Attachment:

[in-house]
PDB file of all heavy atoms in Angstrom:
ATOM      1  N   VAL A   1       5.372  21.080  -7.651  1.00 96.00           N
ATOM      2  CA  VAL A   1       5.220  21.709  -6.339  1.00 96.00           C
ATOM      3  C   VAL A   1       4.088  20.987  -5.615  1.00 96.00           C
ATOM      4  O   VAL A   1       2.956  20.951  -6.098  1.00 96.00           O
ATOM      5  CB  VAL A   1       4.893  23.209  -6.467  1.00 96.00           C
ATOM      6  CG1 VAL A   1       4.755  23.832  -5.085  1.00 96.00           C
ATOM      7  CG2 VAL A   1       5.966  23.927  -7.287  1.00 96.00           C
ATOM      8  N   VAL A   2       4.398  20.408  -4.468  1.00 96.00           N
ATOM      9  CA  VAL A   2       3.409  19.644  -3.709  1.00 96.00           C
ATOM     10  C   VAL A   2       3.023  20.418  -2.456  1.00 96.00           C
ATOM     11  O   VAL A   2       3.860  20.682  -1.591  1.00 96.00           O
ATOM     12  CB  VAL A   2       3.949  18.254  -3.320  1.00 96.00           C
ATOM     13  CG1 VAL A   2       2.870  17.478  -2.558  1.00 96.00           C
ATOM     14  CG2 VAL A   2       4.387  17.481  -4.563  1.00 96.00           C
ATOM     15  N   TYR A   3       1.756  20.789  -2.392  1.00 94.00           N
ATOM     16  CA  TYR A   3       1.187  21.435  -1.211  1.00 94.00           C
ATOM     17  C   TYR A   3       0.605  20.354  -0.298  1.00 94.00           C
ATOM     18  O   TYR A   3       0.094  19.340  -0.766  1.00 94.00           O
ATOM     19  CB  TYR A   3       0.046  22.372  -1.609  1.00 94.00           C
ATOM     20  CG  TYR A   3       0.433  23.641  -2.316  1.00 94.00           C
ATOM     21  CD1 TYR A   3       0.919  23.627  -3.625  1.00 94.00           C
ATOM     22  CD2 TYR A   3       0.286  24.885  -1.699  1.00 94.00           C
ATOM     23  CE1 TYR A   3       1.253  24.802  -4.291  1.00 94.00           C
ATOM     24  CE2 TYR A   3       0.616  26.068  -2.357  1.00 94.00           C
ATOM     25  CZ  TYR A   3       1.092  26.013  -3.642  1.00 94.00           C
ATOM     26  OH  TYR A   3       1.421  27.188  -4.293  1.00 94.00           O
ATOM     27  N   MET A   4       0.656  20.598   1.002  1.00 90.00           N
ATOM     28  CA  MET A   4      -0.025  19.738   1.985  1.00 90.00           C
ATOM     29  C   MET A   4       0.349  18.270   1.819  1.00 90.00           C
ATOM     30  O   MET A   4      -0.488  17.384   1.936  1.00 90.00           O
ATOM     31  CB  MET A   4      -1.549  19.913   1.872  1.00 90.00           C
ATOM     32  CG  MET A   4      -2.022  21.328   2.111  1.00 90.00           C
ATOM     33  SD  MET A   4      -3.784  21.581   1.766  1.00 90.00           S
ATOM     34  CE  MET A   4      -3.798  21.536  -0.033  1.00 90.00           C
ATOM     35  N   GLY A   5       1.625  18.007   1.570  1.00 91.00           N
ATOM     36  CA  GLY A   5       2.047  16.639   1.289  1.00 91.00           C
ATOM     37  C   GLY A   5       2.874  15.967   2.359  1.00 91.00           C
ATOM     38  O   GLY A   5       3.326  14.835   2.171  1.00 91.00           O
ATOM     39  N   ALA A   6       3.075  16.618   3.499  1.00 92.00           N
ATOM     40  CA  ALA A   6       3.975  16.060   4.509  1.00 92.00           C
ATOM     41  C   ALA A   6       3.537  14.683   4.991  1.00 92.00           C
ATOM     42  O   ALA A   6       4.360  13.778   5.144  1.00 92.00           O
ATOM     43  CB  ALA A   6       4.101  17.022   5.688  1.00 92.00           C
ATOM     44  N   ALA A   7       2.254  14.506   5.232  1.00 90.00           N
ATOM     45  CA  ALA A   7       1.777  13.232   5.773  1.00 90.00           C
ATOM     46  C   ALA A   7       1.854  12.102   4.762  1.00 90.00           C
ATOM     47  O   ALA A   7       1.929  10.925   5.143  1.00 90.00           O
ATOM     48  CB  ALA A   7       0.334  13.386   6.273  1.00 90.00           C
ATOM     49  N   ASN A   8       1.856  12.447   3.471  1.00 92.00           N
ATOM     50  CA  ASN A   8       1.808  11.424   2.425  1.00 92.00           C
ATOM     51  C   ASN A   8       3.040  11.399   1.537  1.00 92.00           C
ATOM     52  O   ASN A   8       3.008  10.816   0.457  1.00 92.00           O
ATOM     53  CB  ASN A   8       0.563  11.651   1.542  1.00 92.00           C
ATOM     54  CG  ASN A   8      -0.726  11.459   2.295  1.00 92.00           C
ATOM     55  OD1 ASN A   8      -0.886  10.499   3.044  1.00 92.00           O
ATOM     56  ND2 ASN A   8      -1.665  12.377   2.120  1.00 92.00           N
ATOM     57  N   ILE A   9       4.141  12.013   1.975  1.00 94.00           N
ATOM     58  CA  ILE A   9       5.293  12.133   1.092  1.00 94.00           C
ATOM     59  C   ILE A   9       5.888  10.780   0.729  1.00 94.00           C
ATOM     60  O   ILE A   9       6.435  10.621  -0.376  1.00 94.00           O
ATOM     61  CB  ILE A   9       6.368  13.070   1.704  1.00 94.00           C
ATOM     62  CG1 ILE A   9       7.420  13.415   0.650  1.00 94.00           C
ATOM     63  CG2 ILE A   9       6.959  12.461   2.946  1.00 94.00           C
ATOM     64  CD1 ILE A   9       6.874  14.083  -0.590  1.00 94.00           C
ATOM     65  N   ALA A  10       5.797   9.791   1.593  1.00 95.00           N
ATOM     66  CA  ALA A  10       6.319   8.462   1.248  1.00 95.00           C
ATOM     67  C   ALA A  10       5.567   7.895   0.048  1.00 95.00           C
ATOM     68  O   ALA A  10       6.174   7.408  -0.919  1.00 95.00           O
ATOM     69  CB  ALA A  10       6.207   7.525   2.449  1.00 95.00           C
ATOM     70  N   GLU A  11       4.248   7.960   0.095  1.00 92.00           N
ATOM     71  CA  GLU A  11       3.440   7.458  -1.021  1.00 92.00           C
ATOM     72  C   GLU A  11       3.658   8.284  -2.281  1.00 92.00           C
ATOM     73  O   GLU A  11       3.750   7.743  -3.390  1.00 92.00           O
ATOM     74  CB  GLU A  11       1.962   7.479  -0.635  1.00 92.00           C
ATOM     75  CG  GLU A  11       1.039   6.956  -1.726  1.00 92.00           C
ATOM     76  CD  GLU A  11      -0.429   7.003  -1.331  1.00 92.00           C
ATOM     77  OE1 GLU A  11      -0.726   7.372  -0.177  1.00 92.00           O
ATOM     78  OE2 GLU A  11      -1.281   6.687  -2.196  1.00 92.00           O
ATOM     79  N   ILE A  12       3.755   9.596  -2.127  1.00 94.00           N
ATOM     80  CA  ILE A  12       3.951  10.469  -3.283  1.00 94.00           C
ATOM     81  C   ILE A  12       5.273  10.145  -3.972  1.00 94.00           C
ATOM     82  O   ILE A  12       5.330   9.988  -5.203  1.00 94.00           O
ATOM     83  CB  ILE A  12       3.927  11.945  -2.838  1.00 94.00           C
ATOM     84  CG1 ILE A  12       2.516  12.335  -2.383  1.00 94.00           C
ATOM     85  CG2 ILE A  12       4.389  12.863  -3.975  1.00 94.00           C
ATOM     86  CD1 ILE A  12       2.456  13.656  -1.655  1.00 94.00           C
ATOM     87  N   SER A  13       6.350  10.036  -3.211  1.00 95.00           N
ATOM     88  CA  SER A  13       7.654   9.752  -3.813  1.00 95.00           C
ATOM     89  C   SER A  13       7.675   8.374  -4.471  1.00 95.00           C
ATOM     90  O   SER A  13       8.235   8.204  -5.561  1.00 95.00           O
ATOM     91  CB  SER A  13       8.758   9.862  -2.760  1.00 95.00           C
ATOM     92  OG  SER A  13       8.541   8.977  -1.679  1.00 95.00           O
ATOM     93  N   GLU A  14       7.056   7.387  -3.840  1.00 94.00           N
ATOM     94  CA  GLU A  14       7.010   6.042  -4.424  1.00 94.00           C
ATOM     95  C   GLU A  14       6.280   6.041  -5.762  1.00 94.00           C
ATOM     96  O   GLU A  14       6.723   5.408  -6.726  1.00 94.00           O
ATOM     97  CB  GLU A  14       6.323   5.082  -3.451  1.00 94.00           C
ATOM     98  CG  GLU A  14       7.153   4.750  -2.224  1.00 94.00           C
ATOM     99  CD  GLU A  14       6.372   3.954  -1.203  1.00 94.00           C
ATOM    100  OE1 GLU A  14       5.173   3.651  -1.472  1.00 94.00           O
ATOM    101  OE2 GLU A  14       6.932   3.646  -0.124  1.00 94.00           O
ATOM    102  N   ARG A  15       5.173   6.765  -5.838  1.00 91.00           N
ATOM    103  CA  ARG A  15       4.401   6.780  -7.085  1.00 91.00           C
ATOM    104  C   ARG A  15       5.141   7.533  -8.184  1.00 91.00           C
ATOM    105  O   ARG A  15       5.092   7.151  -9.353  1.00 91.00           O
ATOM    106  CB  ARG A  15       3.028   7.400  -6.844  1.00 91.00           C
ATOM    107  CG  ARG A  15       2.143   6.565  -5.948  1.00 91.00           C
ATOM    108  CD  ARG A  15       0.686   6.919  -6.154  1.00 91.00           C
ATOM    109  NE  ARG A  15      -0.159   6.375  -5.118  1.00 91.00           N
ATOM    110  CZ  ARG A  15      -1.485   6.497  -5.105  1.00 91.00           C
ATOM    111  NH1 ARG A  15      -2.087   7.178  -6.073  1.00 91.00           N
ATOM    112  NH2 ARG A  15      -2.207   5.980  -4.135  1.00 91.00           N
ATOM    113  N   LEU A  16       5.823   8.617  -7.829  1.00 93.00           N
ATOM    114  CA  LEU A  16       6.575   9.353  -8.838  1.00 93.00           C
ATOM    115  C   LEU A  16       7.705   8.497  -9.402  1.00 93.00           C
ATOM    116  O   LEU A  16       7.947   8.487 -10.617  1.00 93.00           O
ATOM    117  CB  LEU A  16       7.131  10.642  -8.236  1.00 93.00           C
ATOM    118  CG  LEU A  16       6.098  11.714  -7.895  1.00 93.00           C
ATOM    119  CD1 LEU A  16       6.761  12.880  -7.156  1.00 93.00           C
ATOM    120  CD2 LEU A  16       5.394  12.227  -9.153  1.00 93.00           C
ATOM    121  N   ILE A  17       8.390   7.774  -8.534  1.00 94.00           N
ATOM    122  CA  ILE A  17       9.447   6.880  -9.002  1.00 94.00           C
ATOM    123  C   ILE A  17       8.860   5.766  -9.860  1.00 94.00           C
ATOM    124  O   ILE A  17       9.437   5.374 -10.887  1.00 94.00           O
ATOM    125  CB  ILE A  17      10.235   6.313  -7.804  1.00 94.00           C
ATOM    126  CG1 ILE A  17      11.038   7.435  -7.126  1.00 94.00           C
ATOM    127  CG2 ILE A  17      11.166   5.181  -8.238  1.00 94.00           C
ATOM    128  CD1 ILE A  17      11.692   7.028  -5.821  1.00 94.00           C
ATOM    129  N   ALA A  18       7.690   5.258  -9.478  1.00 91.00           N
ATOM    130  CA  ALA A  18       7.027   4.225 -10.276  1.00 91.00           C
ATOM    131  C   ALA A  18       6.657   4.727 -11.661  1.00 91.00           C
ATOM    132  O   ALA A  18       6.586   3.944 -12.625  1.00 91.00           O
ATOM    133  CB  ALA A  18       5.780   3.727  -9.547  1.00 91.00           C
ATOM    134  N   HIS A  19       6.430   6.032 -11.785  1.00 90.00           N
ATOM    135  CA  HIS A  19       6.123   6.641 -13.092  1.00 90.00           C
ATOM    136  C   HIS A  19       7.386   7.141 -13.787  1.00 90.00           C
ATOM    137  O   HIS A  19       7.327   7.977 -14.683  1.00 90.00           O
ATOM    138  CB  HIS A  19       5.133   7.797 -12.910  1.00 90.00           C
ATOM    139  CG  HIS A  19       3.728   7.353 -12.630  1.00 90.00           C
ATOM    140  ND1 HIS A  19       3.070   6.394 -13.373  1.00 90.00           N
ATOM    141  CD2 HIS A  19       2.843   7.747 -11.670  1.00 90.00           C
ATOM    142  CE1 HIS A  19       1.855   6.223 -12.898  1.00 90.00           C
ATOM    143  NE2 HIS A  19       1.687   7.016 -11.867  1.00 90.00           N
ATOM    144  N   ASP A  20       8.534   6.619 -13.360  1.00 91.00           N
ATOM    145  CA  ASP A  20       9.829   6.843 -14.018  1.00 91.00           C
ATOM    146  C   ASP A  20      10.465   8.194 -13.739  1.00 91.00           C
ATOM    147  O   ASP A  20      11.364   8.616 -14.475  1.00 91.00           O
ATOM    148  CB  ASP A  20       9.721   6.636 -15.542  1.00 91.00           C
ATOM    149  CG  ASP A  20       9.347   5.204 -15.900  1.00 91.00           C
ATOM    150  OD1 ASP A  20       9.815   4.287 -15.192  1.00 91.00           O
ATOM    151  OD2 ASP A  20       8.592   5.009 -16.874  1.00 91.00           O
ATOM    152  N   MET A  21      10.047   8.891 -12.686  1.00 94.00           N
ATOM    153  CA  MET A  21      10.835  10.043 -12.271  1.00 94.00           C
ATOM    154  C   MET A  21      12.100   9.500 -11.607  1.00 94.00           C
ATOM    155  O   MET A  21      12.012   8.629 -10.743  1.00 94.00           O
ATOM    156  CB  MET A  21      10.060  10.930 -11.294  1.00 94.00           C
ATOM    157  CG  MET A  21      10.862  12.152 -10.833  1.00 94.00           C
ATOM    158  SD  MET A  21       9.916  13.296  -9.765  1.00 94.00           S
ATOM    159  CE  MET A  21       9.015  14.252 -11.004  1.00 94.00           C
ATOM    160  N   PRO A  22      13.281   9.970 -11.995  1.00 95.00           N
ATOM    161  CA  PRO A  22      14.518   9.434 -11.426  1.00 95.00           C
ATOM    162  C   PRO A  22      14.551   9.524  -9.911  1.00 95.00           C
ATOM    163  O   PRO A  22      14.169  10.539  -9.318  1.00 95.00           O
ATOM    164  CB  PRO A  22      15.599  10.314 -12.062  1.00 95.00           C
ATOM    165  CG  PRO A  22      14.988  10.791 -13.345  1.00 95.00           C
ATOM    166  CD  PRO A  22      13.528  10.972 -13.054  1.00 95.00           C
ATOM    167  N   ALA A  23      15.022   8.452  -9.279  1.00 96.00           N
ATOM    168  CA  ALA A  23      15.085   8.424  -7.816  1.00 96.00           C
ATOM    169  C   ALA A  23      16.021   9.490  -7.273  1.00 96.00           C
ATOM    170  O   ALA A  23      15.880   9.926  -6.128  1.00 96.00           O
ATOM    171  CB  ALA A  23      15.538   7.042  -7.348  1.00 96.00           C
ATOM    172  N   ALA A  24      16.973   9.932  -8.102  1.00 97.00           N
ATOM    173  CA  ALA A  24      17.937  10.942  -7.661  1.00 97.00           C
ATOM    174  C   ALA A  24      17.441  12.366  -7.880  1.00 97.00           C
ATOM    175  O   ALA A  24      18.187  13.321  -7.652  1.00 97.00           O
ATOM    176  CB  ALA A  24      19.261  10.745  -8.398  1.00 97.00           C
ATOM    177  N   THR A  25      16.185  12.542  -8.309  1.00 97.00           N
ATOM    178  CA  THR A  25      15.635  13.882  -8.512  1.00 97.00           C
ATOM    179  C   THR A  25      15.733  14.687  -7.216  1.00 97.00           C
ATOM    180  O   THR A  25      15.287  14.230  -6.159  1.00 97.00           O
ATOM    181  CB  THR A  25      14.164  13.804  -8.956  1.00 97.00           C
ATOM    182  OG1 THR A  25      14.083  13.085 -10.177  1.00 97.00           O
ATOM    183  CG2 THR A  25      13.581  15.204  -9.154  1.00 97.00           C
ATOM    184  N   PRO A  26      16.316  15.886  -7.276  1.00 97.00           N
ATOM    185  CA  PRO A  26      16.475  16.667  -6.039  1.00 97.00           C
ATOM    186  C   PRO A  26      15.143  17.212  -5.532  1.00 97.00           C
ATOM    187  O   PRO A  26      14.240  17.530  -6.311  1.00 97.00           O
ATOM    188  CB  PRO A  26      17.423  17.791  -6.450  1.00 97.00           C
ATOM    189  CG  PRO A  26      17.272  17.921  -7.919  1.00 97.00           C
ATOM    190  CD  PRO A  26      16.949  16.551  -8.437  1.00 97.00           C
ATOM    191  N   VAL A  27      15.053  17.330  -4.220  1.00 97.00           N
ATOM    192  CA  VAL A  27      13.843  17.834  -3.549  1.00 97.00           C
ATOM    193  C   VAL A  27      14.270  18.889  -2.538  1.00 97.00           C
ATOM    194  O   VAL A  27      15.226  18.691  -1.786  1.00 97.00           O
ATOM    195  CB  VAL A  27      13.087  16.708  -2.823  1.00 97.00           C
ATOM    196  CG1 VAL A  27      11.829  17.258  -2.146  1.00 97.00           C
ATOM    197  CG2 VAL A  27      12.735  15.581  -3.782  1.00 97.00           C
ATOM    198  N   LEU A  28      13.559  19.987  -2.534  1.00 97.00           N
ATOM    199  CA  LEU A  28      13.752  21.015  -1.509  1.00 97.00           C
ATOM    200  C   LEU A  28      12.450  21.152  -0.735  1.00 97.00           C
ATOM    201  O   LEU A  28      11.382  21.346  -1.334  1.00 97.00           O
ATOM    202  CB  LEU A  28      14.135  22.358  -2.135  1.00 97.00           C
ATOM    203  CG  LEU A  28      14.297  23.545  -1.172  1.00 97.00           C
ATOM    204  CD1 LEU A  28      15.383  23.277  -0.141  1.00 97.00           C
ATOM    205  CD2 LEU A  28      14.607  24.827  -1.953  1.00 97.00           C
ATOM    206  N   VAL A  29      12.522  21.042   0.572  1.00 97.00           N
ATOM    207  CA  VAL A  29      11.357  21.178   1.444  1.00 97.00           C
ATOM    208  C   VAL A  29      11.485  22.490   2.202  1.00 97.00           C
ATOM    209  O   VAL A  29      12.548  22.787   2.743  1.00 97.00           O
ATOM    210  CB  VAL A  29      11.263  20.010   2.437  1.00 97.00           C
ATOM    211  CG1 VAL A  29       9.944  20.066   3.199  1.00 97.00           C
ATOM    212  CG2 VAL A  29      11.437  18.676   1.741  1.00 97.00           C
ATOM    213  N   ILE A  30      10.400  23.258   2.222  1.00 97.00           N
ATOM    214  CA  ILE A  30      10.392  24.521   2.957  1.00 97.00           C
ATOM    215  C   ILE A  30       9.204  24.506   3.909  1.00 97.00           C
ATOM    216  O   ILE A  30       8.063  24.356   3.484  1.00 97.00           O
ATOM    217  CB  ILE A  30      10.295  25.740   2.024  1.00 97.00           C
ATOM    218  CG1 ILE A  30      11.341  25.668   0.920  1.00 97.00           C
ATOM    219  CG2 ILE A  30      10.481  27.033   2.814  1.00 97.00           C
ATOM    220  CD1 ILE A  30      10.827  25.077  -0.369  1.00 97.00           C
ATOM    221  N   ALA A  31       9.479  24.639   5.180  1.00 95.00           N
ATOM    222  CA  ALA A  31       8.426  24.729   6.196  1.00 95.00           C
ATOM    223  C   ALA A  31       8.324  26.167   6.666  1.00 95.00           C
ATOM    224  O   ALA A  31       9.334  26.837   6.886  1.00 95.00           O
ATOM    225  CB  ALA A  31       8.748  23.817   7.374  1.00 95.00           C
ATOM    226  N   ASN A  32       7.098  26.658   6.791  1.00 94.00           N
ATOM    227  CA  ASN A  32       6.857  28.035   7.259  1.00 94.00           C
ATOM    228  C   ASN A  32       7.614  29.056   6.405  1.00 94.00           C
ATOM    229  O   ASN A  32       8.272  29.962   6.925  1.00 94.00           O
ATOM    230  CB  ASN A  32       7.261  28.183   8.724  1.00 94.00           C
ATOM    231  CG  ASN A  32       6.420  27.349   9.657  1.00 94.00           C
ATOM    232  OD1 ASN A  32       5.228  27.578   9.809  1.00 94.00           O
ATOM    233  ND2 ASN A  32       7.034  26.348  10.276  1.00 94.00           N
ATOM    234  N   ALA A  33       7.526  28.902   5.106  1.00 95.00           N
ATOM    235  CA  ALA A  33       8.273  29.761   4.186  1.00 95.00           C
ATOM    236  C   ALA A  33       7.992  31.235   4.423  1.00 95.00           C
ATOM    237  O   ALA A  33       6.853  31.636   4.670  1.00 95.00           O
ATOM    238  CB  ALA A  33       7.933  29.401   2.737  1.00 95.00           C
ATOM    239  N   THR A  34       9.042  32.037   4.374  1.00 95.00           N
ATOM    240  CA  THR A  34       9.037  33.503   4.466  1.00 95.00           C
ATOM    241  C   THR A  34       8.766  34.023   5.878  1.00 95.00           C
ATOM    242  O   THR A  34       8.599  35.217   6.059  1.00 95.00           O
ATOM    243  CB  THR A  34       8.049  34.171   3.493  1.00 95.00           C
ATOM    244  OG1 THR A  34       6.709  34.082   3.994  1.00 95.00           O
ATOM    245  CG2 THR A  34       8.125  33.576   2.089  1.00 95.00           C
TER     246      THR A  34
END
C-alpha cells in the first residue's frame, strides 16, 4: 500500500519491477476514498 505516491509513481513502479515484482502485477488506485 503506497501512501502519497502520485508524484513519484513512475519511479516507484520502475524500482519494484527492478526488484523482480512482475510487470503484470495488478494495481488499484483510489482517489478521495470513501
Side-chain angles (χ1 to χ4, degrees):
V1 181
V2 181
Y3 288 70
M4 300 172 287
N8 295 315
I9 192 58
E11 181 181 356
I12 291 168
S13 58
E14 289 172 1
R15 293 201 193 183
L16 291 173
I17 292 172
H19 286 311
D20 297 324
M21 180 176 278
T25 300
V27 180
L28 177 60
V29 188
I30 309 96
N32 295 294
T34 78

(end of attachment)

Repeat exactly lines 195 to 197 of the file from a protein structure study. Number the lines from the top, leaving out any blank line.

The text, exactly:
ATOM    193  C   VAL A  27      14.270  18.889  -2.538  1.00 97.00           C
ATOM    194  O   VAL A  27      15.226  18.691  -1.786  1.00 97.00           O
ATOM    195  CB  VAL A  27      13.087  16.708  -2.823  1.00 97.00           C